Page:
The Upper West Regional Minister, Dr Hafiz Bin Salih, has charged Municipal and District Assemblies (MDAs) in the region to come out with appropriate sanitation by-laws and gazette others to help deal with the dwindling sanitation fortunes of the region.
He bemoaned that open defecation which was been battled by various stakeholders and donor agents in the region persisted and painted a gloomy picture about sanitation in the area and called for immediate attention.
“802 communities have been declared open defecation free out of a total of 1,167 communities in the region. This implies that we still have as many as 365 communities practising open defecation and it is not something to be proud of as a region,” he spelt out.
Dr Salih stated this in an address at a meeting of heads of departments, municipal and district chief executives as well as other stakeholders in the region.
The meeting was organised on Thursday to allow the stakeholders take stock of activities undertaken in their respective departments and endeavours.
He explained that aside the threat to sanitation in the region, open defecation also posed serious health challenges to residents, especially during the rainy season when running water carried human waste along into water bodies.
“This is not very pleasant news for a region where about 214,866 people still live without potable water and depend on ponds and streams for their daily water supply”, he stated and called on MDAs to support activities of the environmental health and sanitation departments in their assemblies by constituting by-laws to deal with recalcitrant landlords who refused to construct household latrines.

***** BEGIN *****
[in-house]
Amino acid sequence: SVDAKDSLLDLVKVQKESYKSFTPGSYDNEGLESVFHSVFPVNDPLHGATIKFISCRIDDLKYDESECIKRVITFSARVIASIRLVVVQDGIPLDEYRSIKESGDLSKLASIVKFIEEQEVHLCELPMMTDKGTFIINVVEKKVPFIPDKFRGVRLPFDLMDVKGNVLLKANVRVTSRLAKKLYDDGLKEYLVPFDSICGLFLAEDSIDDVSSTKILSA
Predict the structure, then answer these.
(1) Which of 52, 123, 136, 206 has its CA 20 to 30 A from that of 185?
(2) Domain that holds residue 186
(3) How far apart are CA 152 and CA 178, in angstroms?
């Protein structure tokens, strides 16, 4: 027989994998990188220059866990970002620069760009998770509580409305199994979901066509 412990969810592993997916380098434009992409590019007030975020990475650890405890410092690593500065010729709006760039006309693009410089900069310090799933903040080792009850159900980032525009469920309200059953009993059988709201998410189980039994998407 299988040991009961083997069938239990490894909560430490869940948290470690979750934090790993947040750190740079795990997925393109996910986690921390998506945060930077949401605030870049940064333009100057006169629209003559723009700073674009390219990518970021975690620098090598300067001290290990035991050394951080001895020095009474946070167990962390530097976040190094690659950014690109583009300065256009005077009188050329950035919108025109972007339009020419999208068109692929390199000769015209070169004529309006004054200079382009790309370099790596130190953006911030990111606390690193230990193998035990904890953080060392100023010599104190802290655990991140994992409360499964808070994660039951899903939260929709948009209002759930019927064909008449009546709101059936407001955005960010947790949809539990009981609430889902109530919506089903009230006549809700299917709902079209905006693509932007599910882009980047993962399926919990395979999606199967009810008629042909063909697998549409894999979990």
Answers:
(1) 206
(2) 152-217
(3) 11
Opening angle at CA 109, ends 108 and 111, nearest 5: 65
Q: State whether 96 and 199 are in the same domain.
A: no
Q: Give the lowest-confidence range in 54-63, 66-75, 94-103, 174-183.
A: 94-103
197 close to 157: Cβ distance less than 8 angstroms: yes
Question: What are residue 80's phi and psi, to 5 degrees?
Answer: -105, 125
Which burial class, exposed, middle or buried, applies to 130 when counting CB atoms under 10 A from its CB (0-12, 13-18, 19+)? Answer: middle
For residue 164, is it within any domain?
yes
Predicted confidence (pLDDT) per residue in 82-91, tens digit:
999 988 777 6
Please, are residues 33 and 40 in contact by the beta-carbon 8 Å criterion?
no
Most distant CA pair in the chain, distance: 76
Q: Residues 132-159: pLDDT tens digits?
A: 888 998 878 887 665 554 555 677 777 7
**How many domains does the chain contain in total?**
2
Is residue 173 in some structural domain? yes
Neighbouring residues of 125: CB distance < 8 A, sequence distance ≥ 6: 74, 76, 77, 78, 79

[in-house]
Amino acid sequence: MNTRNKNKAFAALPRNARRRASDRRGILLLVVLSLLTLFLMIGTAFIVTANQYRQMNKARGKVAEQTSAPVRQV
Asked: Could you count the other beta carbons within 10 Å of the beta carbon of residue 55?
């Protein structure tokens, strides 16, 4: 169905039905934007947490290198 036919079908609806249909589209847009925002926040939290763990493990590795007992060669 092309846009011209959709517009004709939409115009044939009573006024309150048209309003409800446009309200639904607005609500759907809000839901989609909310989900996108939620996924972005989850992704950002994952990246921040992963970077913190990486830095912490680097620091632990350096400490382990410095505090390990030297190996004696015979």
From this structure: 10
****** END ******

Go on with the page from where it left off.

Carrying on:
Dr Salih hinted that the region could boast of 2,396 boreholes and 25 Small Town Water Systems serving 1,152 communities but added that plans were far advanced to expand the water system in the Wa Municipality and further extend it to communities in adjoining districts to increase the number of people who had access to good drinking water.
Touching on other areas, the minister announced that a total of 104,494 farmers in the region, comprising 21,622 females subscribed for the Planting for Food and Jobs Programme last year and were supplied with 71,384 metric tonnes of subsidised fertilisers.
He, however, lamented the poor performance of candidates at the Basic Education Certificate Examination (BECE) and the West African Senior School Certificate Examination (WASSCE) and called for concerted efforts among stakeholders to consolidate ideas on boosting students’ performance at both levels.
FROM LYDIA DARLINGTON